Yeah, Julian Simon was wrong about corn, too.

        Yeah, whenever Gored loses out and knows it, he tries to change the subject. (Nota Bene: Just as before, you’re provided with the links, and I expect you to read them. I hope you’ll read them all, and not cherry pick snippets to snipe about — triumph of hope over experience.) If you have a citation to back the point, could you produce it? The Lake Powell discussion is another thread.

    • hyperzombie says:

      Corn is within 5% of the inflation adjusted price compared to 1970. April 1970 corn 137.75/100 bu, (736.94 inflation adjusted). Corn closed on friday for 756.50/100bu. Wheat is a bit lower in inflation adj. dollars, beef is over 50% lower and pork is over 60% lower. Wow, no wonder my brother the cattle rancher is so poor.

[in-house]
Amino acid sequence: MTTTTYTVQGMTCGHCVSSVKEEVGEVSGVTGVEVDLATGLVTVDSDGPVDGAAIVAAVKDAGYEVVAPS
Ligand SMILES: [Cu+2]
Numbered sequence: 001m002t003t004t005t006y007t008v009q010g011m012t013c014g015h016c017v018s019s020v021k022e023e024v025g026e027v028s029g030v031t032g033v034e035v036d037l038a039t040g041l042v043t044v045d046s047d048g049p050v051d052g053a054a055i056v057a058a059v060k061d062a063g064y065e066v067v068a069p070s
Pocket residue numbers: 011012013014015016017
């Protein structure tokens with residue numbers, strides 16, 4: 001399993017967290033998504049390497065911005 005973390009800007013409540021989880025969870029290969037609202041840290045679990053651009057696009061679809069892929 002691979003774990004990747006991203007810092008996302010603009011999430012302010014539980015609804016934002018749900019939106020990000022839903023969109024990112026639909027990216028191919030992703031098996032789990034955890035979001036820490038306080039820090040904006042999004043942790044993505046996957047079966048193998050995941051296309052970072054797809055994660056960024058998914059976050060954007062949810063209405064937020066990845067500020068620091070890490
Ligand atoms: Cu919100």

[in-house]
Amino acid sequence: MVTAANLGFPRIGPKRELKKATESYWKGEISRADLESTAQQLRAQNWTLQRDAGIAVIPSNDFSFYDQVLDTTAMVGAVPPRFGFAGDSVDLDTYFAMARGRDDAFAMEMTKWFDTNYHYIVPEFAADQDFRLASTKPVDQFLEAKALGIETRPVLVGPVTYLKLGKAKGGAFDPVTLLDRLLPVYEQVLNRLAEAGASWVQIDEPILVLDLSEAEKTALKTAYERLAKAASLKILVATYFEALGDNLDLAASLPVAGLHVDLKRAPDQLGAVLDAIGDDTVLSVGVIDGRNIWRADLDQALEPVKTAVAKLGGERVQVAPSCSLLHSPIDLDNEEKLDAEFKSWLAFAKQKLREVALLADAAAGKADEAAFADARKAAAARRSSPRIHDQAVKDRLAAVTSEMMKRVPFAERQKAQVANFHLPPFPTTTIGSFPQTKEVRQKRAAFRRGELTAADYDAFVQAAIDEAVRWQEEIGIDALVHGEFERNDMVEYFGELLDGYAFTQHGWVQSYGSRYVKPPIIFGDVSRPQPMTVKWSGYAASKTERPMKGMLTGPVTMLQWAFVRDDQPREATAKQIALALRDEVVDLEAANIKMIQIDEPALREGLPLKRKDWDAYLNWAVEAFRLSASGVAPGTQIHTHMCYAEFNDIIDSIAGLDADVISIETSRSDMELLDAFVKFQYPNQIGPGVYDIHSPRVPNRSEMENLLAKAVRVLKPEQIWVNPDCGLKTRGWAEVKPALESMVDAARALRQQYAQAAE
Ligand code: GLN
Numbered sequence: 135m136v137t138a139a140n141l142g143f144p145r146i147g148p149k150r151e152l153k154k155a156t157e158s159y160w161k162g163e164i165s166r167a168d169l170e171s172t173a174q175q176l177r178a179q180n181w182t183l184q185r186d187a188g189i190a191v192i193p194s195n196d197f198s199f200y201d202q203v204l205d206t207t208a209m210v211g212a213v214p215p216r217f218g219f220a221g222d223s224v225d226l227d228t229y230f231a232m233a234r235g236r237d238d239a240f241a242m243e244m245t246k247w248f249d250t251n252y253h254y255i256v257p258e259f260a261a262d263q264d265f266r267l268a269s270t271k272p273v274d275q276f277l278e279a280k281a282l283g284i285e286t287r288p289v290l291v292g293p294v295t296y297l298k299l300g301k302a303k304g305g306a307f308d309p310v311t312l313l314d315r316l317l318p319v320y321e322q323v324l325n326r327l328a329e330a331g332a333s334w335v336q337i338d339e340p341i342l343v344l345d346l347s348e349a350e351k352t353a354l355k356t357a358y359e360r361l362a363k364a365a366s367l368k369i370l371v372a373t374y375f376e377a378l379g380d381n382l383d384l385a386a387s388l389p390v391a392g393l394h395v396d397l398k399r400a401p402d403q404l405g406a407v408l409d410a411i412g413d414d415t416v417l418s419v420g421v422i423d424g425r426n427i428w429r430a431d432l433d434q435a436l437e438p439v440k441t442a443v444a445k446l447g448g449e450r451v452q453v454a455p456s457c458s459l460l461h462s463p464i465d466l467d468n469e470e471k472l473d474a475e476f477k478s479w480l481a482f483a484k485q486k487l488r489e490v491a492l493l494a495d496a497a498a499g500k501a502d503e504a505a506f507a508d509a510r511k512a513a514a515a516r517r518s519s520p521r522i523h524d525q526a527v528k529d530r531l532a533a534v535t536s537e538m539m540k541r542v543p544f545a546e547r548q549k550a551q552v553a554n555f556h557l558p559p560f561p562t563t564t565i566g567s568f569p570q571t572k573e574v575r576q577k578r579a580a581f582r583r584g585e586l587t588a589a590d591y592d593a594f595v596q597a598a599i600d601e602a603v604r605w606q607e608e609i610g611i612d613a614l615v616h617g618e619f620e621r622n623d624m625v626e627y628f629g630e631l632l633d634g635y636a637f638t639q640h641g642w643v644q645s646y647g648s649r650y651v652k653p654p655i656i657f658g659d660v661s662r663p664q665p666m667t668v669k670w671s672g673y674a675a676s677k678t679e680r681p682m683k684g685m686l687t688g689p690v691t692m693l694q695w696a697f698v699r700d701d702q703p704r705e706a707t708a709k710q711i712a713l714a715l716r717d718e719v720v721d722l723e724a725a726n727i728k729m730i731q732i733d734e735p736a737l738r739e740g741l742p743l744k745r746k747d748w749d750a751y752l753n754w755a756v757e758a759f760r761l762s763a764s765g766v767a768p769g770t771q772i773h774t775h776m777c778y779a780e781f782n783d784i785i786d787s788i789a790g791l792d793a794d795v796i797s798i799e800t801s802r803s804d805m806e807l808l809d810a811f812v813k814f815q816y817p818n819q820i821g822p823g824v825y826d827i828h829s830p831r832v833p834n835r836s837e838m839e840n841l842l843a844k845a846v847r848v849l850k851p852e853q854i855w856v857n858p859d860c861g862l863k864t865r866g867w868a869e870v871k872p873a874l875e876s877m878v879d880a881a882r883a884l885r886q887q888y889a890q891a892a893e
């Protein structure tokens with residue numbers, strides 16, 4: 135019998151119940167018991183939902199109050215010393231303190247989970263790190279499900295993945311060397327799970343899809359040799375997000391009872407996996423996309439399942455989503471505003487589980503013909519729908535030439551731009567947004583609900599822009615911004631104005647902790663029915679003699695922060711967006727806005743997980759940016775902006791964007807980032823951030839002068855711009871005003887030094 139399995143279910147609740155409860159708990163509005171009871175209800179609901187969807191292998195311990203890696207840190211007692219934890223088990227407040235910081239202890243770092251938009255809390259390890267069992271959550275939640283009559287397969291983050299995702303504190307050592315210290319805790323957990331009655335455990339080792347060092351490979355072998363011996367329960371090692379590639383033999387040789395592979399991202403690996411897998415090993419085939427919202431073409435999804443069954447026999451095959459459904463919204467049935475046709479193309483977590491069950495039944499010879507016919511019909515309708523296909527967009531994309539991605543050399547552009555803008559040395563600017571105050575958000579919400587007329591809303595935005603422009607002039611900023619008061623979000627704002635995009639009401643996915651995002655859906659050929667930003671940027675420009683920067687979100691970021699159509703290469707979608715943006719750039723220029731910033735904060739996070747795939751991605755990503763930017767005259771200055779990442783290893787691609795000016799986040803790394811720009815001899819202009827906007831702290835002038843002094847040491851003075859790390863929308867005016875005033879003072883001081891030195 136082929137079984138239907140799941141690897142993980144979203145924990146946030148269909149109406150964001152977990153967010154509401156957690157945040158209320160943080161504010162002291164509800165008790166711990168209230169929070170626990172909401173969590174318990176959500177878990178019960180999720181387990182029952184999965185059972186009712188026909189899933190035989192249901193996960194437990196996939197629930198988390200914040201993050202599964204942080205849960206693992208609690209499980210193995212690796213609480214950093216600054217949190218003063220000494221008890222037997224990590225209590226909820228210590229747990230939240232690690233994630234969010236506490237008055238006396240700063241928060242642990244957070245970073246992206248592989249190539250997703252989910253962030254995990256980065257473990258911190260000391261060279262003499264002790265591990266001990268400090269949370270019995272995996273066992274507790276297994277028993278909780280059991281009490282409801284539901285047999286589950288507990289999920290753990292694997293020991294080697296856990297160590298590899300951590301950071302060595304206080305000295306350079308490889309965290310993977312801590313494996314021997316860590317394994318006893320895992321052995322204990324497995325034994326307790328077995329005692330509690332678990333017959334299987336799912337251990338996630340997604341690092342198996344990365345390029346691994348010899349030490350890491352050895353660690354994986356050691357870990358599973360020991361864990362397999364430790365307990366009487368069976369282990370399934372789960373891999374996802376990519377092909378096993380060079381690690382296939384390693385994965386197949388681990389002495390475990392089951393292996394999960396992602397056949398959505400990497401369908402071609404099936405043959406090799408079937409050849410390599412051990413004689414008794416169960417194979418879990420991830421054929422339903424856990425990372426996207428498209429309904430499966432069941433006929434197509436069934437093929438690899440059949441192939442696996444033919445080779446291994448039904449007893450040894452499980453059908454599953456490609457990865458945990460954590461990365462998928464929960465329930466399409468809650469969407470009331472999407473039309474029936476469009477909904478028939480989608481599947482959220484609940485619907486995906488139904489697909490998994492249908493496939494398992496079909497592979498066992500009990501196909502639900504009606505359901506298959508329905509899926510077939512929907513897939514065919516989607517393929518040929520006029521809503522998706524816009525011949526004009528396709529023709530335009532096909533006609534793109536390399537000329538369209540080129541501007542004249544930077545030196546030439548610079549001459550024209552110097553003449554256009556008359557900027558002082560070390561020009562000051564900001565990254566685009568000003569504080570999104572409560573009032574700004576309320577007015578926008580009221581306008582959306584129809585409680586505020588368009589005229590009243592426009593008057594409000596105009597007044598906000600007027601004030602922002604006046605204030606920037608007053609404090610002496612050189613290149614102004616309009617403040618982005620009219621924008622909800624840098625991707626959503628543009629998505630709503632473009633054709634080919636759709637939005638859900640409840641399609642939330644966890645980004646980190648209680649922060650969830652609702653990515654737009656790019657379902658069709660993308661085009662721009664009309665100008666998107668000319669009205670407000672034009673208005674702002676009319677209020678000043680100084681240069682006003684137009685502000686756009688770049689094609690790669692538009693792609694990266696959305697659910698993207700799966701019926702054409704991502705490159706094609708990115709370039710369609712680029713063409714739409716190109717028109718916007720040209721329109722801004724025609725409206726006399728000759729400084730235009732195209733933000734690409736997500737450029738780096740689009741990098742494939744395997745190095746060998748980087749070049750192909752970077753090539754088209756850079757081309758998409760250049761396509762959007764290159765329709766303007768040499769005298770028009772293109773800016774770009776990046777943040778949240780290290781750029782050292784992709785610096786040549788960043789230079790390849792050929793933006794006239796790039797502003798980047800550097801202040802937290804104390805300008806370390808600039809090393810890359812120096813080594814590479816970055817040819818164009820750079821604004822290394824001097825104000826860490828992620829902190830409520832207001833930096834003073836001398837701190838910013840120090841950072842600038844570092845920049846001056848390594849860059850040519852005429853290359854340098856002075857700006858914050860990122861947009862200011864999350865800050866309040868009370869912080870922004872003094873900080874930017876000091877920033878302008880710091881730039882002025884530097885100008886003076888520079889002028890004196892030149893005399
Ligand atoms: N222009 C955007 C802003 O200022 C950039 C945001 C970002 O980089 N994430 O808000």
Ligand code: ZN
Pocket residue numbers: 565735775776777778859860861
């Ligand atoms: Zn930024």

5. Ed Darrell says:

    How is it a cherry pick to ask you for a citation which, it turns out, you cannot produce?

    How is it a cherry pick to point out that, contrary to the insinuation of the Lake Powell post, the lake is still way, way below drought level?

    Noting the facts is not “cherry picking,” at least, not in honest discussion, not outside the Bizarro World.

    Where are you guys posting from, anyway?

    • Al Gored says:

      Well Ed, I’m posting from a place where picking one of seven readings of river flow, which just happens to be by far the lowest, and using that ONE example to support your argument is called cherry picking.

      What do you call it?

    • Don’t picnic along the Colorado River this June.

    • suyts says:

      WTF Ed? How do you go from prices of oil to Lake Powell? Try to stay relevant.